After leaving the Artists Drive, we drove about 23 miles past the Furnace Creek Visitor’s Center to the Mesquite Flat Sand Dunes. All day (and the day before) we had seen this area north and east in the distance which appeared to be clouds and rain. We realized when we approached that we were wrong. These large sand dunes were whipped by the wind creating the ‘clouds’ we had seen. This ‘sandstorm’ was exaggerated by the people walking on the dunes causing additional sand to be picked up into the air. Again, worth the time to visit and take a walk on the sandy-side!
Zabriskie Point, named after Christian Brevoort Zabriskie, who was vice-president and general manager of the Pacific Coast Borax Company in the early 20th century and made more famous through the 1970 film. The Pacific Coast Borax Company mined and transported Borax in Death Valley. The effects of wind and water erosion in this area are mindboggling! The View Point is a thrill with broad vistas of color filled windswept rocks and folds. Indescribable!! The Zabriskie Point trail head offers a few options including a 7-mile loop via Gower Gulch, Golden Canyon, Badlands Loop and back to Zabriskie Point. This trail offers such a variety of geological up thrusts, colors, washes, and heart stopping drop-offs that we actually thought about turning back at one point. Proceeding forward was the well rewarded decision. It is about 55 miles from Pahrump to the Zabriskie Point parking lot. The parking lot offers well maintained rest rooms which always come in handy.
Where to stay:
We stayed at the Holiday Inn Express & Suites Pahrump and were very impressed. The hotel is fairly new, about 3 years old), very clean, well-managed with noteworthy service by an exceptionally friendly and helpful staff. The Holiday Inn has a very well-equipped fitness facility and an inviting outdoor swimming pool with hot tub. With rates starting at $143 including free parking, internet and complimentary breakfast (very good coffee and a variety of breakfast options) this was a perfect choice for us.
There are other places to stay within Death Valley National Park but the rates were very high at the resorts and the availability was extremely limited in the hotels/motels in the vicinity with more reasonable rates.
Where to dine:
We had breakfast everyday at the out hotel (see above) and grabbed lunch at one of the visitor centers. Dinner offered 4 opportunities to experience the local fair in Pahrump. We enjoyed the Thai food at Chat Thai Bistro on one night and found Mom’s Diner to be unique, fresh and well prepared. Ultimately, however, our favorite dining spot in Pahrump was Symphony’s Restaurant and the integral Pahrump Valley Winery. First, finding an operating winery in Nevada was a bit of a surprise. The winery has multiple labels including Nevada Ridge whose wines are all made from either Estate grapes or grapes from small local Nevada growers. Additionally, the Charleston Peak label sources grapes from nearby California vineyards on the western slopes of Mount Charleston along the CA/NV border. Finally, the Pahrump Valley Winery label which maintains the legacy California sourced wines of Symphony (a unique cross of Grenache Gris and Muscat of Alexandria created at UC Davis), Desert Blush and others. The wine is only part of the story and quite worthwhile on its own, but Symphony’s Restaurant was like discovering the mother lode. Owners Bill and Gretchen (also the winemaker) Loken have given Executive Chef David Hutchinson a free hand. Great move. Using fresh sourced produce and wonderful meats and seafood, the dishes coming out of the kitchen are flavorful, delightful to the eye and plain delicious.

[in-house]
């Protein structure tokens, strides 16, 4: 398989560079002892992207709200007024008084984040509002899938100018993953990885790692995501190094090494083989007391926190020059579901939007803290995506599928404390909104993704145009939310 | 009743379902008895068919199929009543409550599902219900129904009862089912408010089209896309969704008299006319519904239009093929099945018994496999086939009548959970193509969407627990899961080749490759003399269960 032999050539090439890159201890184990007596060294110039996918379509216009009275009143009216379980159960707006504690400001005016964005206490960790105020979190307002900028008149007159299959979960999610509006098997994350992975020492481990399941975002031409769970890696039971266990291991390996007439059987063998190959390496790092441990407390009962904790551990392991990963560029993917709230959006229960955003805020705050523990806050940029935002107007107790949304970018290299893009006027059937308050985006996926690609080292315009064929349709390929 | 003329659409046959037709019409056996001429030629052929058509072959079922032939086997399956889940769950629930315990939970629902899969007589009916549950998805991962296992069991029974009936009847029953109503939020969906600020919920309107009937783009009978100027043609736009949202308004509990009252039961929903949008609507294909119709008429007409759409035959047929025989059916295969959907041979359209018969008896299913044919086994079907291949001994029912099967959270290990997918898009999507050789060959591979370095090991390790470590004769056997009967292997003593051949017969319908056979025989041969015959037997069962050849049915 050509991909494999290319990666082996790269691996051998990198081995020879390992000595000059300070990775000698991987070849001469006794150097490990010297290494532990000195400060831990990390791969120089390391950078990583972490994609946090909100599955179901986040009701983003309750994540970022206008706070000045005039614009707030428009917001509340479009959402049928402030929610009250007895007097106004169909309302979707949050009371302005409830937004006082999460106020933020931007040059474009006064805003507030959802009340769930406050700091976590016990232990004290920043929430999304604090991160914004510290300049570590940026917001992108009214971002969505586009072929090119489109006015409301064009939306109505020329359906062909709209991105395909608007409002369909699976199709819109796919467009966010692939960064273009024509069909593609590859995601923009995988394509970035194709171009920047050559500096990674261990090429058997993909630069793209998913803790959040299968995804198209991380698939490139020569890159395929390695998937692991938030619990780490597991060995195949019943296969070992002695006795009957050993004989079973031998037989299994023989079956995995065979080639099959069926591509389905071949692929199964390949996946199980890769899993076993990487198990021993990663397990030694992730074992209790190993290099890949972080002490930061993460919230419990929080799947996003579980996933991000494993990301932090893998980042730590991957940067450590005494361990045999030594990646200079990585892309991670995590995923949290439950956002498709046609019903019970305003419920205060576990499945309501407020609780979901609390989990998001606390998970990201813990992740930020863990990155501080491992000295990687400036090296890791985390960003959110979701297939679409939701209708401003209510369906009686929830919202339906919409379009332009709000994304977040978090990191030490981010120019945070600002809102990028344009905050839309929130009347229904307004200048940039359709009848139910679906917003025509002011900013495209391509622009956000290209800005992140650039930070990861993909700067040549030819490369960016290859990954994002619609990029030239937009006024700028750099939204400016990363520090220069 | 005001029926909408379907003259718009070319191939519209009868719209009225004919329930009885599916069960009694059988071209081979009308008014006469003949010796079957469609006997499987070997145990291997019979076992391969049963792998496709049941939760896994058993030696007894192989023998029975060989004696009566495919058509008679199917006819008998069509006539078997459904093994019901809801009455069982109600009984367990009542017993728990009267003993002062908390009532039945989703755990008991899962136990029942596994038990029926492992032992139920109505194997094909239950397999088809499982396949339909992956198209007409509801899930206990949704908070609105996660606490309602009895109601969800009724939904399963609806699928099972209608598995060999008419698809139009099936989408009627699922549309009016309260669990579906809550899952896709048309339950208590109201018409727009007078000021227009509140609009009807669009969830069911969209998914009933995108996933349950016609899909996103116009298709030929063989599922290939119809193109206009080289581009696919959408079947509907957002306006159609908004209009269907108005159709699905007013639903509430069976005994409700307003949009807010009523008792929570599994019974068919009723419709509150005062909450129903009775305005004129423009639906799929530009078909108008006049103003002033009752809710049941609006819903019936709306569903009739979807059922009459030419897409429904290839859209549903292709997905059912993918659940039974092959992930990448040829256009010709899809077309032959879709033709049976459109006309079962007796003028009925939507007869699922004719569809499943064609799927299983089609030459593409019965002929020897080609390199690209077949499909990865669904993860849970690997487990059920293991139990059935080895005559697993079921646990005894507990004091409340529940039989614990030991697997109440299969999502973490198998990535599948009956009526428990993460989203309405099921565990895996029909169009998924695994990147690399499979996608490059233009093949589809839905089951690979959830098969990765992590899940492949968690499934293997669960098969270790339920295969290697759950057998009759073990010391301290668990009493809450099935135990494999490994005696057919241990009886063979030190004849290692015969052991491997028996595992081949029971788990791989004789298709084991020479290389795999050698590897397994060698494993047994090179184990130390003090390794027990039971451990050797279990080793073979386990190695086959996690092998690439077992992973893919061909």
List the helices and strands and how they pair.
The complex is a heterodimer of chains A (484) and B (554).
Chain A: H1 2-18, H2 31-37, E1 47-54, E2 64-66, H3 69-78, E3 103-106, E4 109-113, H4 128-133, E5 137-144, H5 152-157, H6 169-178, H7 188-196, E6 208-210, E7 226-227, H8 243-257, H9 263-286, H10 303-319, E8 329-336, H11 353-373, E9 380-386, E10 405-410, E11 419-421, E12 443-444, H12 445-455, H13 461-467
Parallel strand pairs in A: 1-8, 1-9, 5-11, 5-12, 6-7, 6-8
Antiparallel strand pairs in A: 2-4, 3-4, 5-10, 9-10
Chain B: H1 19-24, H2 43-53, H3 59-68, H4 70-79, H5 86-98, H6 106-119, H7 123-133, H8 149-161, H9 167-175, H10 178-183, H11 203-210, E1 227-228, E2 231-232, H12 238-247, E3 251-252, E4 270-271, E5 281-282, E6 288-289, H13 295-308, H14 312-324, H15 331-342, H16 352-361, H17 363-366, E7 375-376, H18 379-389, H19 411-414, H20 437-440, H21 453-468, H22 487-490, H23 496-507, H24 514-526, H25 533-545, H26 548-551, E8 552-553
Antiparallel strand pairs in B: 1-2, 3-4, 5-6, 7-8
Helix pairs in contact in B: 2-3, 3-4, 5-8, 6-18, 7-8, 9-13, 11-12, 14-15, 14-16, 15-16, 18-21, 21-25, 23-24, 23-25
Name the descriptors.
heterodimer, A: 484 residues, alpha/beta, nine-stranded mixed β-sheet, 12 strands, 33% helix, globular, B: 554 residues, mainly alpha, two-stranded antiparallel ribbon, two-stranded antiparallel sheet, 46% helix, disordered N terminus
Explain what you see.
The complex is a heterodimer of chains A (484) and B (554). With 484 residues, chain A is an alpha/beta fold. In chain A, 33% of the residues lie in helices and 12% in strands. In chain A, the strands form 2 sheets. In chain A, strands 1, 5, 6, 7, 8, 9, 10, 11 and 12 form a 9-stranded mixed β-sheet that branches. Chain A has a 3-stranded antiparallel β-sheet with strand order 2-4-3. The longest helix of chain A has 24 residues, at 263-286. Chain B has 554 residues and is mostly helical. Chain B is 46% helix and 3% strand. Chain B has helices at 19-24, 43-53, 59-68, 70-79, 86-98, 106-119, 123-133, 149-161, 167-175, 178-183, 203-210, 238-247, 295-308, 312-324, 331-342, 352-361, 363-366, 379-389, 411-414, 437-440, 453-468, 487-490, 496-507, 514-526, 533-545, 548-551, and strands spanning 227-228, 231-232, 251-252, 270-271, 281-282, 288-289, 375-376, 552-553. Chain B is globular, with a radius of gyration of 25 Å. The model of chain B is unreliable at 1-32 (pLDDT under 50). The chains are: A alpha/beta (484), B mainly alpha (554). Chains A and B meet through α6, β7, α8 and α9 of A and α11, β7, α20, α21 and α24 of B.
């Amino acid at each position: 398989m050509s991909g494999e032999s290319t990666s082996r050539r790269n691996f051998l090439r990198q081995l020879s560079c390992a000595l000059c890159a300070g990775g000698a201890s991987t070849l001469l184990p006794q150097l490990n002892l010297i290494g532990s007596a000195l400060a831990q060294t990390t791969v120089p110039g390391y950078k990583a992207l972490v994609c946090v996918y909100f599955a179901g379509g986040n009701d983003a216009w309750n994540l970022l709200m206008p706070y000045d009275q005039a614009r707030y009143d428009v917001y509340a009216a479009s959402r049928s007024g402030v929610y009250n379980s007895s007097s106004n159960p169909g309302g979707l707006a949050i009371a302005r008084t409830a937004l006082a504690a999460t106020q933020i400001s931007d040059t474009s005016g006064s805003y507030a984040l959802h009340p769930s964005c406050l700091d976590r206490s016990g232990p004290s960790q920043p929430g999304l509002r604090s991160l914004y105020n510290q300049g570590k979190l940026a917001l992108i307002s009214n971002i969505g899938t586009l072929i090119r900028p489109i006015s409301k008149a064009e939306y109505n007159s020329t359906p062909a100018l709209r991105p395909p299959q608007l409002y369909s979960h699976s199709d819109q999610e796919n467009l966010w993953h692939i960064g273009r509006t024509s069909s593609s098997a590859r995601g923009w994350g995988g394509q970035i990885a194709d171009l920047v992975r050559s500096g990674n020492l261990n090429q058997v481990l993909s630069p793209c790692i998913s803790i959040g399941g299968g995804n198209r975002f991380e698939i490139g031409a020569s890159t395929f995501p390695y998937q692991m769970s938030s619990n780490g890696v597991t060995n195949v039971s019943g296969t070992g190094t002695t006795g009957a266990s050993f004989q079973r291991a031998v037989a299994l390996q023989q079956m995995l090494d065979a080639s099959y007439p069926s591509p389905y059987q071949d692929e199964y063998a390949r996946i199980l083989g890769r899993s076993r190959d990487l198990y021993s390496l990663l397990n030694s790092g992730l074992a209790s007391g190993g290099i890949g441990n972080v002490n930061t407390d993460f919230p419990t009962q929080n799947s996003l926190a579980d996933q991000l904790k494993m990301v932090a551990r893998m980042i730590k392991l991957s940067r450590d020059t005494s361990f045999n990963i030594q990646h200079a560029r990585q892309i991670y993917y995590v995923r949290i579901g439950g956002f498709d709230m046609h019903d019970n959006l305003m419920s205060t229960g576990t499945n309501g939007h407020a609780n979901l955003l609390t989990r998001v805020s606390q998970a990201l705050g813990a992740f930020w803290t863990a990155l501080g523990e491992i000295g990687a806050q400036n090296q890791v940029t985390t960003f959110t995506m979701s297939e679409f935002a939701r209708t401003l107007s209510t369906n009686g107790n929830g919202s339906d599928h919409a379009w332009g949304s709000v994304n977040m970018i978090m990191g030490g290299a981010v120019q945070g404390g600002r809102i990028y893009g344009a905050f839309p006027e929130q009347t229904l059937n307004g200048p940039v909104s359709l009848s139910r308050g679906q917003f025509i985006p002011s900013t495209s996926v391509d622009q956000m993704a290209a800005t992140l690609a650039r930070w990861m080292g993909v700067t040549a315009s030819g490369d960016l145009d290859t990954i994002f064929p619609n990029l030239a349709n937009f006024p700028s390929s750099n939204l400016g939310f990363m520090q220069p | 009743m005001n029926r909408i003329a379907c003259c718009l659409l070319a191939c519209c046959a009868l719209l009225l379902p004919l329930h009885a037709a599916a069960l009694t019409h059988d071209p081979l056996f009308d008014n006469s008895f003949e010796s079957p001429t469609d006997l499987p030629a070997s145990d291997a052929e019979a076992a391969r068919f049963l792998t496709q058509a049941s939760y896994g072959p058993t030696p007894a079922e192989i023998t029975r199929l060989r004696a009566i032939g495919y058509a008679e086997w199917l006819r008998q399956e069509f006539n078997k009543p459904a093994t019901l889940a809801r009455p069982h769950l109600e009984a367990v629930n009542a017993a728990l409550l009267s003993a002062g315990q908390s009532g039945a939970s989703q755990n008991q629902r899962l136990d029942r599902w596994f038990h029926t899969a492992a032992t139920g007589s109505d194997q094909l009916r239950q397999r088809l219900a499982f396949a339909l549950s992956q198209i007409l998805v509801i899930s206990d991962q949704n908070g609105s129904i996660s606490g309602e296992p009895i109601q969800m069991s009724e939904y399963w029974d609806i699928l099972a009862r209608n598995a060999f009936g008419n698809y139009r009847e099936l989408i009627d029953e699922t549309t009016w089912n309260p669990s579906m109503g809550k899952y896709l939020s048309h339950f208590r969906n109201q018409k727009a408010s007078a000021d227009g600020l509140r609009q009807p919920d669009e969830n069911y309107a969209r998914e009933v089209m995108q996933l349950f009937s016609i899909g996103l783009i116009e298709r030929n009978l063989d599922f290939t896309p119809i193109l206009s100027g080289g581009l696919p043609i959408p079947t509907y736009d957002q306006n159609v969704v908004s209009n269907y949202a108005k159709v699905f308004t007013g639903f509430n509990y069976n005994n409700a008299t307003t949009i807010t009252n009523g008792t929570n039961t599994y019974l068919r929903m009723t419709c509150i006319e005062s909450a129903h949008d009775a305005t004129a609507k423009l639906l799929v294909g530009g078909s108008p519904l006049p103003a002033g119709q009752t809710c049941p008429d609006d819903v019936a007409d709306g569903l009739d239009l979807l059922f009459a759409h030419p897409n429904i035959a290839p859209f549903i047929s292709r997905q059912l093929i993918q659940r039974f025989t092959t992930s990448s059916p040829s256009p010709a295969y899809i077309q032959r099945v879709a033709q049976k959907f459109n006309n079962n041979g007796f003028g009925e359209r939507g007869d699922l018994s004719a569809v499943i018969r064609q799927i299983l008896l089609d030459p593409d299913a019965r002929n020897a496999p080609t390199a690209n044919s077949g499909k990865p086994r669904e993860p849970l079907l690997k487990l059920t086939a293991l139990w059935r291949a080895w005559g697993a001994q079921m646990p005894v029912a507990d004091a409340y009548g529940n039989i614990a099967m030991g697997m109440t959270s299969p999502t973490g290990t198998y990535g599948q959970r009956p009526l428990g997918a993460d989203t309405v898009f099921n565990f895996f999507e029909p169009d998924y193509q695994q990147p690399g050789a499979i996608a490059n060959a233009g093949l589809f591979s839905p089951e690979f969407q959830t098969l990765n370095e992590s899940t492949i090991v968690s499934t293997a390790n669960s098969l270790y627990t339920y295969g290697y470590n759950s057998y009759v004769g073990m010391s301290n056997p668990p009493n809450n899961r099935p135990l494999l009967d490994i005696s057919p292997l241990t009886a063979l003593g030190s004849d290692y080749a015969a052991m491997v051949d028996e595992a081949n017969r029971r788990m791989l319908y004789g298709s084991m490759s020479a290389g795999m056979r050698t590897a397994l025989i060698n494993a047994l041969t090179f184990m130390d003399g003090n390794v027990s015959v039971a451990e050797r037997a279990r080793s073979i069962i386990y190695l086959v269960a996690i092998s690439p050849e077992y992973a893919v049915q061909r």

Death Valley in Films, on Radio and on Television: At least 24 films, with the 1970 “Zabriskie Point” being perhaps the most well-known, used Death Valley as their venue or were filmed there. “Death Valley Days” was both a radio series from 1930-1945 and a TV series from 1950-1972.
Getting there: We flew United Airlines from Sonoma County’s Charles M. Schulz Airport (STS) via San Francisco (SFO) to Las Vegas (LAS). The 1st leg was about 20 minutes and the 2nd just over an hour and 15 minutes. Very relaxing and the $10 per day parking at STS was very reasonable.